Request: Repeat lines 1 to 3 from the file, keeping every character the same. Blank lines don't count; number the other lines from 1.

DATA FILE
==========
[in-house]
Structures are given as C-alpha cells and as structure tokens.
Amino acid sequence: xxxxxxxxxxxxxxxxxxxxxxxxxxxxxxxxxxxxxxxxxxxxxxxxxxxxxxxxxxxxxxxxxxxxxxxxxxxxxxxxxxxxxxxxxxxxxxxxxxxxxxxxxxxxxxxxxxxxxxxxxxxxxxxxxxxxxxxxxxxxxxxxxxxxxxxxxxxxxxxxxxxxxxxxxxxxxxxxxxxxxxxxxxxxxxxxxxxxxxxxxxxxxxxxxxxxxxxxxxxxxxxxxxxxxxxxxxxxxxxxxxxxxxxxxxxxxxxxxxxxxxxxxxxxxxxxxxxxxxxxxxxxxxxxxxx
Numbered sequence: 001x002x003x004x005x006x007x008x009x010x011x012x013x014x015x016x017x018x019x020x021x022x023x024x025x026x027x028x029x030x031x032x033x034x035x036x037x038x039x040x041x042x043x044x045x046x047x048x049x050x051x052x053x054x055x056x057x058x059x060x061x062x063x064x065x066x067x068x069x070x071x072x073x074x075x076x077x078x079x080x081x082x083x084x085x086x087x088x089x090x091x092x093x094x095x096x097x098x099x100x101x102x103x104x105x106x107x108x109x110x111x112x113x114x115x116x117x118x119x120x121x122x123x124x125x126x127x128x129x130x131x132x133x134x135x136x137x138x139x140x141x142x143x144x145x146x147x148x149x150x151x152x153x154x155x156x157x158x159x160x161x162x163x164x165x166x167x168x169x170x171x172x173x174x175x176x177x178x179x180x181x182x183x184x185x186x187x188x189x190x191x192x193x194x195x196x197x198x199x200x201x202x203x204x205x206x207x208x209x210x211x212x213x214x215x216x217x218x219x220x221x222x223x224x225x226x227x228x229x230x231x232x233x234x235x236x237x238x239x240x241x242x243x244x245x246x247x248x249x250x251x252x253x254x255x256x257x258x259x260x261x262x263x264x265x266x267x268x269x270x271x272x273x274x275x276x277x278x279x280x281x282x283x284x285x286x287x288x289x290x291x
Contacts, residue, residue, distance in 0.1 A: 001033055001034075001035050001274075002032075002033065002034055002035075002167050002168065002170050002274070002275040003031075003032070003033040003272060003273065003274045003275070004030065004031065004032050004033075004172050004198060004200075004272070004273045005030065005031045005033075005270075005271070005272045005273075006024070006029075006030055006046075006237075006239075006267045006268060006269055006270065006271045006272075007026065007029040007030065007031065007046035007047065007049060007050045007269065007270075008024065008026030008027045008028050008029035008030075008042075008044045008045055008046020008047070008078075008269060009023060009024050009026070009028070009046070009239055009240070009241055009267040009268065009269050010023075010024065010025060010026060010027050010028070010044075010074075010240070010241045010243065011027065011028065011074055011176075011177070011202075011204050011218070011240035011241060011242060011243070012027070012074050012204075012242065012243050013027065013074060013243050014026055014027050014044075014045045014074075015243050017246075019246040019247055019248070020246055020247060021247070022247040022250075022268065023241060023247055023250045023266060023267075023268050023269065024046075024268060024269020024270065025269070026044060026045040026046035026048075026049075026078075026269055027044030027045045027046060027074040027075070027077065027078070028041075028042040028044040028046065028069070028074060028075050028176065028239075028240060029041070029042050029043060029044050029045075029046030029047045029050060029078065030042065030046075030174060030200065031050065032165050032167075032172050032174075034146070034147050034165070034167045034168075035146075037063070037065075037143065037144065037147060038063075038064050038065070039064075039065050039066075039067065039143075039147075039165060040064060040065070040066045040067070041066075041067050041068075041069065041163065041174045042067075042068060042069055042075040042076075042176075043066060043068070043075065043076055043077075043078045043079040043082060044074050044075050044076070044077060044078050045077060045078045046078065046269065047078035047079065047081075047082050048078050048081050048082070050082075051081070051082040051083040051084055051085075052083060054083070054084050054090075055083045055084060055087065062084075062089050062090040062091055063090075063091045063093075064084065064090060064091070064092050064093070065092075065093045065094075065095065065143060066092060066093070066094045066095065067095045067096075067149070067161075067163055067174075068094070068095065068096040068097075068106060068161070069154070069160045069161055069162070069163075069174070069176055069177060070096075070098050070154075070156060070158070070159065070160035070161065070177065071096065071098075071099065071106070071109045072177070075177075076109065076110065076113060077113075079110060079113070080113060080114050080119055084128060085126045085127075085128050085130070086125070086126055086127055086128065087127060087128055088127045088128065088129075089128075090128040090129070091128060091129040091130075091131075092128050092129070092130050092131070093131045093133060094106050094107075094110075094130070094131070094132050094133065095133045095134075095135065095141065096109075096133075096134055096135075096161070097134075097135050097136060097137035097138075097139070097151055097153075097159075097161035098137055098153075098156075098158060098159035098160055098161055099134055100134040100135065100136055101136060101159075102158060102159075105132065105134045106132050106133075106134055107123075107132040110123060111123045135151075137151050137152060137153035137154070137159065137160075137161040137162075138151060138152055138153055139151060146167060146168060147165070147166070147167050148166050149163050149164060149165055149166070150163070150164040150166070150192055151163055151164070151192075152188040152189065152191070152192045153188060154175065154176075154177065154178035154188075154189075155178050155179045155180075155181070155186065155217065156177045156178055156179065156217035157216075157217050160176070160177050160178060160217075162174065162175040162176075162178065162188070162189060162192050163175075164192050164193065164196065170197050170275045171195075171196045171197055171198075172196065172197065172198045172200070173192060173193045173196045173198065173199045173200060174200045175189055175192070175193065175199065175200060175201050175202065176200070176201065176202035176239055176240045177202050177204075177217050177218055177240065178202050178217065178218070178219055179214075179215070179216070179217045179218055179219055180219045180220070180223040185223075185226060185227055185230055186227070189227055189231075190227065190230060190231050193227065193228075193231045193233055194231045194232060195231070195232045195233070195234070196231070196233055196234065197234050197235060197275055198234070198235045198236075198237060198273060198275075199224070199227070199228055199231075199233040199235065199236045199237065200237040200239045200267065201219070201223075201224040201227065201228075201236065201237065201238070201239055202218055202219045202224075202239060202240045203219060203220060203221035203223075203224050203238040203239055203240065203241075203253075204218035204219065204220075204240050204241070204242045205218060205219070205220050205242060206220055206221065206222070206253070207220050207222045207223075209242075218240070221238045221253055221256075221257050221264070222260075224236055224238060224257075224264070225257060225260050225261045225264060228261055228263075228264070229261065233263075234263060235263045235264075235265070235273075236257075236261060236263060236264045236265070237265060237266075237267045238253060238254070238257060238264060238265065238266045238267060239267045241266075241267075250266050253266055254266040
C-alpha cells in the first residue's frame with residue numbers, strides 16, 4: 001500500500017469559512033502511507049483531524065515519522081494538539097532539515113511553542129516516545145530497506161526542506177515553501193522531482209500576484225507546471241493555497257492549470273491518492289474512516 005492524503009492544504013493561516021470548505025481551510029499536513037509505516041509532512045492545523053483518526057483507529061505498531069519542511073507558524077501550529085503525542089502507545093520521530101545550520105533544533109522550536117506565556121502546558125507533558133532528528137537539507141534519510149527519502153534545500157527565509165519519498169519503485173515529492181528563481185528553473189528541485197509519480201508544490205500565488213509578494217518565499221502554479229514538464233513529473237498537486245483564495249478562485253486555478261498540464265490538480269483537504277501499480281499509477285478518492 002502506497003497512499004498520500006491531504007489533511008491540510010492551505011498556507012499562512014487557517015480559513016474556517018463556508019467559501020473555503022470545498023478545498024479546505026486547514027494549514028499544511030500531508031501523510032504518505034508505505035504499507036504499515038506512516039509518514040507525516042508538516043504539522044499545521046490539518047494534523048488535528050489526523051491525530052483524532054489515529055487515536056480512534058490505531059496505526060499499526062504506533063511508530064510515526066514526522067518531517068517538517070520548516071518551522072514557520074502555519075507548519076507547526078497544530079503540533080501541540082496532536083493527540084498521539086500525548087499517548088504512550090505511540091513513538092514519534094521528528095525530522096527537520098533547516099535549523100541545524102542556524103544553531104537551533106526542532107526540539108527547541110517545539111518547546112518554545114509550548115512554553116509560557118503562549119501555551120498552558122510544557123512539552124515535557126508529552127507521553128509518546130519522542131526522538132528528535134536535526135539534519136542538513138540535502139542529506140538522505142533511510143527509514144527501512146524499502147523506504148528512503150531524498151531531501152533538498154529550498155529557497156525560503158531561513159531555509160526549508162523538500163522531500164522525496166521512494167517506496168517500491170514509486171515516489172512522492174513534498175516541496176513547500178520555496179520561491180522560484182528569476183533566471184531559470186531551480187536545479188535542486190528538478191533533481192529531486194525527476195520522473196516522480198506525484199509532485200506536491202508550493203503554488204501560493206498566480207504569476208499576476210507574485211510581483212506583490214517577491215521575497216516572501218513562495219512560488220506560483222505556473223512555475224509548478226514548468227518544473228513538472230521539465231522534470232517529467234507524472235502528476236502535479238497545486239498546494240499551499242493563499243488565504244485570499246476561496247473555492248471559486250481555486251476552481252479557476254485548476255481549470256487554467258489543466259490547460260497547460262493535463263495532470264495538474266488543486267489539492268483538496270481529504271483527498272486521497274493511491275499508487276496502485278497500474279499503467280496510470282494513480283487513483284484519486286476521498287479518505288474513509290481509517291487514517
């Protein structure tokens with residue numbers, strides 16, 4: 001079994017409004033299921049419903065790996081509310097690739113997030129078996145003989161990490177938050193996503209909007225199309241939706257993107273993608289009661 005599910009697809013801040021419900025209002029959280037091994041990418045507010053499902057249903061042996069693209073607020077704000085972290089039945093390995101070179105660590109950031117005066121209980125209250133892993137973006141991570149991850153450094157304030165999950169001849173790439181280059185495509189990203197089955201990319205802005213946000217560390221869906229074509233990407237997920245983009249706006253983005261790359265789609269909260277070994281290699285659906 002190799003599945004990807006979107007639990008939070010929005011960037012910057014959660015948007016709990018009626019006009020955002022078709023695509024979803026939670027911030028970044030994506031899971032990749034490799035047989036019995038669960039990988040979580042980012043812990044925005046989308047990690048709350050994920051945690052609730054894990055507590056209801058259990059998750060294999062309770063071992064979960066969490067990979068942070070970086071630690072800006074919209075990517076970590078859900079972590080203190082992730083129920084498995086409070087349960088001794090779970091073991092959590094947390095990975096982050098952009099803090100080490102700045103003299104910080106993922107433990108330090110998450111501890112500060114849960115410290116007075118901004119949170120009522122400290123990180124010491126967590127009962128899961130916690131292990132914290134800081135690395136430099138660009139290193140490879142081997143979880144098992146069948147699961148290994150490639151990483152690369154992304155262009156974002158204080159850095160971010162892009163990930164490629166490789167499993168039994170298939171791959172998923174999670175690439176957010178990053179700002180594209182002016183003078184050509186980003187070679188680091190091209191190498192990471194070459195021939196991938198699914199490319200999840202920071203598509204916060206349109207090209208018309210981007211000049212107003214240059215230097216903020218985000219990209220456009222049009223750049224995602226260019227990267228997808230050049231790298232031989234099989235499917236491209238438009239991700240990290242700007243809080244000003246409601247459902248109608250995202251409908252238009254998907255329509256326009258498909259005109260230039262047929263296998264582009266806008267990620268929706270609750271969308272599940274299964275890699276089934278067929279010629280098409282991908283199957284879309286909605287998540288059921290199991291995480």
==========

[in-house]
Structures are given as C-alpha cells and as structure tokens.
Amino acid sequence: xxxxxxxxxxxxxxxxxxxxxxxxxxxxxxxxxxxxxxxxxxxxxxxxxxxxxxxxxxxxxxxxxxxxxxxxxxxxxxxxxxxxxxxxxxxxxxxxxxxxxxxxxxxxxxxxxxxxxxxxxxxxxxxxxxxxxxxxxxxxxxxxxxxxxxxxxxxxxxxxxxxxxxxxxxxxxxxxxxxxxxxxxxxxxxxxxxxxxxxxxxxxxxxxxxxxxxxxxxxxxxxxxxxxxxxxxxxxxxxxxxxxxxxxxxxxxxxxxxxxxxxxxxxxxxxxxxxxxxxxxxxxxxxxxxx